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Charcoal Grills

We’ve happily made do with Weber’s basic kettle for years. But would newer, more tricked-out charcoal cookers be worth the upgrade?


Last Updated Nov. 15, 2018. Appears in America's Test Kitchen TV Season 14: Quick and Easy Rib Dinner

UpdateNovember 2018

Weber updated both of our favorite charcoal grills. After buying and testing the new models, we found that the new features improve both winning grills.

Our winner, a 22-inch kettle grill embedded in a convenient rolling cart with a push-button gas ignition system, is now called the Weber Performer Deluxe Charcoal Grill. The cart surface is now made of sturdier aluminized steel rather than plastic, and comes equipped with a well-designed removable timer, a metal shield built into the lid handle to protect hands from heat, and Weber’s Gourmet Barbecue System, a grill grate with removable center that allows grillers to insert several accessories (sold separately), such as a wok, griddle, or pizza stone. While we reviewed the Gourmet Barbecue System a few years ago and were lukewarm on its merits, we like that the included grill grate is now heavier-duty steel.

Our Best Buy has been renamed the Weber Original Kettle Premium Charcoal Grill, 22-Inch. It features a new, sturdier leg attachment system with metal tabs that snap together more securely, as well as a thermometer built into the lid, a metal shield on the lid handle to protect hands from the heat, and tool hooks built into the nylon handles on both sides of the kettle.

See Everything We Tested

What You Need To Know

There’s a lot to be said for the basic Weber kettle. The company’s 22.5-inch One-Touch Gold model, the test kitchen’s longtime favorite charcoal grill, accommodates a full 6-quart chimney’s worth of charcoal and features a large enough cooking surface to grill burgers for a crowd. It also has a domed lid tall enough to house a whole turkey, and its well-designed venting system allows barbecue buffs to jury-rig the unit into a competent smoker. The sturdy ash catcher keeps cleanup to a minimum. Moving and storing the kettle’s small frame is easy, and the price tag is nice.

And yet it’s never been a perfect package. This model’s tripod base is notoriously wobbly and prone to lose a limb, and when we’re adding food to or removing it from the fire, we wish there was a place to set down a platter. Drawbacks like these led our eyes to wander back over the charcoal grill marketplace, where we discovered a vast array of competitors across an even more vast price scale—everything from simple, comparably priced designs to beefed up, luxe models fetching significantly more than $2,000. The Rolls-Royce of charcoal grills wasn’t our target, though. We wanted a well-engineered, user-friendly model that’s up to any outdoor cooking task—ribs, pork loin, fish, burgers, chicken—without having to take out a second mortgage. So we set an upper price limit of $400 and lined up seven promising grills, including our trusty Weber kettle. Our battery of cooking tests included both grilling and low, slow tasks: big batches of burgers, skewers of sticky glazed beef satay, and thick salmon fillets, as well as barbecued ribs. We ran a height check by shutting—or, in some cases, cramming—each grill’s lid over a whole turkey; we threaded thermocouple wires under the lids to monitor temperature retention; and we kept track of how easy the grills were to set up when new and to clean up after cooking.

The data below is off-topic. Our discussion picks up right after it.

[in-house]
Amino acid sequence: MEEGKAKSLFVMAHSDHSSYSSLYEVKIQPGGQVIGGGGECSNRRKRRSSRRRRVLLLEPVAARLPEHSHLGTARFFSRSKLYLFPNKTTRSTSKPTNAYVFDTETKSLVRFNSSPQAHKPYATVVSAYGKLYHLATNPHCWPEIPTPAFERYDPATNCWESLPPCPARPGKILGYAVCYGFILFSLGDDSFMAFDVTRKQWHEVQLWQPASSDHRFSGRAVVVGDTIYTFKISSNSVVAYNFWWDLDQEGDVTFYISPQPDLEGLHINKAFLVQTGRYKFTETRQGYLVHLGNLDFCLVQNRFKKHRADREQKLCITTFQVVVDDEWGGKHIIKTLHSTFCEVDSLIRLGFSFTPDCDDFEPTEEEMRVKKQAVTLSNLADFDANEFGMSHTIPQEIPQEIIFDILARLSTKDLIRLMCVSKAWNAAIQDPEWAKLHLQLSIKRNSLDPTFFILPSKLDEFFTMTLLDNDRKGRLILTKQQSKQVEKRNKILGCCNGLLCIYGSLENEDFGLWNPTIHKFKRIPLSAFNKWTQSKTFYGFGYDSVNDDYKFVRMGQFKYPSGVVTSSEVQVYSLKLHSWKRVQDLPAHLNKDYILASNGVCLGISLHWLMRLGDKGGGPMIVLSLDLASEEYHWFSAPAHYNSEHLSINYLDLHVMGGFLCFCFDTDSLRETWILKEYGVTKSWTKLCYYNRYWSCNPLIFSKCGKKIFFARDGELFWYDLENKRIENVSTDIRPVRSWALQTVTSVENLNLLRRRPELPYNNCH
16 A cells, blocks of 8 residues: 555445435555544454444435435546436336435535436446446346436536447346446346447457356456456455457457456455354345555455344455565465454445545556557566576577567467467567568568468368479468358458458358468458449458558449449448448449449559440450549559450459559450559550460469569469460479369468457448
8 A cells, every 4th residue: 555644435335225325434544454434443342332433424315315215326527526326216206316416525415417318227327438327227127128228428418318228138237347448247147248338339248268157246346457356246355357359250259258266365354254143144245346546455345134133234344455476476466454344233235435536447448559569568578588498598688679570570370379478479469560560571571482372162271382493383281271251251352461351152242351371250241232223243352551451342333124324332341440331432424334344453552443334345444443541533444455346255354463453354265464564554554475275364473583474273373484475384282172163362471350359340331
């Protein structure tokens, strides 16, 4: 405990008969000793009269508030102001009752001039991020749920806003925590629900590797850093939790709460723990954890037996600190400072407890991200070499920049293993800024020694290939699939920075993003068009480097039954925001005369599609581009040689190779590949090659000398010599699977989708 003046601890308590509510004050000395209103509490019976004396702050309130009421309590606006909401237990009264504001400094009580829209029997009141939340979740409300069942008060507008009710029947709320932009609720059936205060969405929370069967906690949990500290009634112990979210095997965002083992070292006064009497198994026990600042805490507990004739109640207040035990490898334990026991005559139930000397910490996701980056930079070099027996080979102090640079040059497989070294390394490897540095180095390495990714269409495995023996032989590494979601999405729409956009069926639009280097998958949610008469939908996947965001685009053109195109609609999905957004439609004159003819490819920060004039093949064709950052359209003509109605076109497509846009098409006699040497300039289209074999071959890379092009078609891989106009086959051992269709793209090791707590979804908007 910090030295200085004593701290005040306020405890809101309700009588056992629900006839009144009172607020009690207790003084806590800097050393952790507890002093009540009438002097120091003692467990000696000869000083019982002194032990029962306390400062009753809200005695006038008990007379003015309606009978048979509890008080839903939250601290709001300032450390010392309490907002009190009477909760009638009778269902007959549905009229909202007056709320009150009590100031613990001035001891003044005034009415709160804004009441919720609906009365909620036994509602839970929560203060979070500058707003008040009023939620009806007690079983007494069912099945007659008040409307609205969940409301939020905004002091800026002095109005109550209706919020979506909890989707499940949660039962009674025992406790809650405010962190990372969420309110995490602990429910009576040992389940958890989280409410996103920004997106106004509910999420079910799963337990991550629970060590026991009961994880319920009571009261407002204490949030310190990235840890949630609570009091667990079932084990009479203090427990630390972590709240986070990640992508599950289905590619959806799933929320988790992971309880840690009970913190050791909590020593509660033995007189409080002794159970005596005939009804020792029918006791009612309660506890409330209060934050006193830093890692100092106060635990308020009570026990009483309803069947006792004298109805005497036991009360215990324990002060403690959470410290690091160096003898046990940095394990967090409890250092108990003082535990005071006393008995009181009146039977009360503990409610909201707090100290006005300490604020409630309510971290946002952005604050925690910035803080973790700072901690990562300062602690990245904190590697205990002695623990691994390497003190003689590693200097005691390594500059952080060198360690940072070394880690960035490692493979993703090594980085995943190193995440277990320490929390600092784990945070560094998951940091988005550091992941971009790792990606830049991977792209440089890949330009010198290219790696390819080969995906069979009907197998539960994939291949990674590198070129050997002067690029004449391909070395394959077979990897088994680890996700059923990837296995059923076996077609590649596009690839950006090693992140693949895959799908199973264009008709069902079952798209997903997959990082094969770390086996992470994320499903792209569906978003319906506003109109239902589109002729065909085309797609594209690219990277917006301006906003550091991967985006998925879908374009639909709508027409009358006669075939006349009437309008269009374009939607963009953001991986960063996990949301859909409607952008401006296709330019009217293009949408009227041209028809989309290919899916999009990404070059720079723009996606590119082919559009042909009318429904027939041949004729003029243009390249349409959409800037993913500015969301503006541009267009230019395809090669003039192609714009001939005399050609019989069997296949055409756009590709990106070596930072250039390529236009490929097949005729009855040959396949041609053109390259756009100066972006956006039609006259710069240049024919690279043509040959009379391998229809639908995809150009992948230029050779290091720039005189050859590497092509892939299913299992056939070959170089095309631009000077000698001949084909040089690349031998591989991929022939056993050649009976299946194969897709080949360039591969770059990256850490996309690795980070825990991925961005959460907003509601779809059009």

The good news was that most of the grills did a decent job grilling, and several models also fared well with barbecued ribs. The problem was that even when a grill was capable of both grilling and slow-cooking food, some models had design flaws that limited how easy they were to use. Grilling requires, for example, regularly flipping and rearranging multiple pieces of food, so it’s crucial that the food be within easy reach—a glaring issue with one grill we tested. This long, horizontal tube, which is billed as both an all-purpose grill and a smoker, features a lid that only partially uncovers its generous cooking surface. As a result, the cook must reach underneath the covered area to access food—not a big deal when you’re infrequently reaching f...

Everything We Tested

Good : 3 stars out of 3.Fair : 2 stars out of 3.Poor : 1 stars out of 3.
*All products reviewed by America’s Test Kitchen are independently chosen, researched, and reviewed by our editors. We buy products for testing at retail locations and do not accept unsolicited samples for testing. We list suggested sources for recommended products as a convenience to our readers but do not endorse specific retailers. When you choose to purchase our editorial recommendations from the links we provide, we may earn an affiliate commission. Prices are subject to change.
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Reviews you can trust

Reviews you can trust

The mission of America’s Test Kitchen Reviews is to find the best equipment and ingredients for the home cook through rigorous, hands-on testing. We stand behind our winners so much that we even put our seal of approval on them.

Lisa McManus

Lisa is an executive editor for ATK Reviews, cohost of Gear Heads on YouTube, and gadget expert on TV's America's Test Kitchen.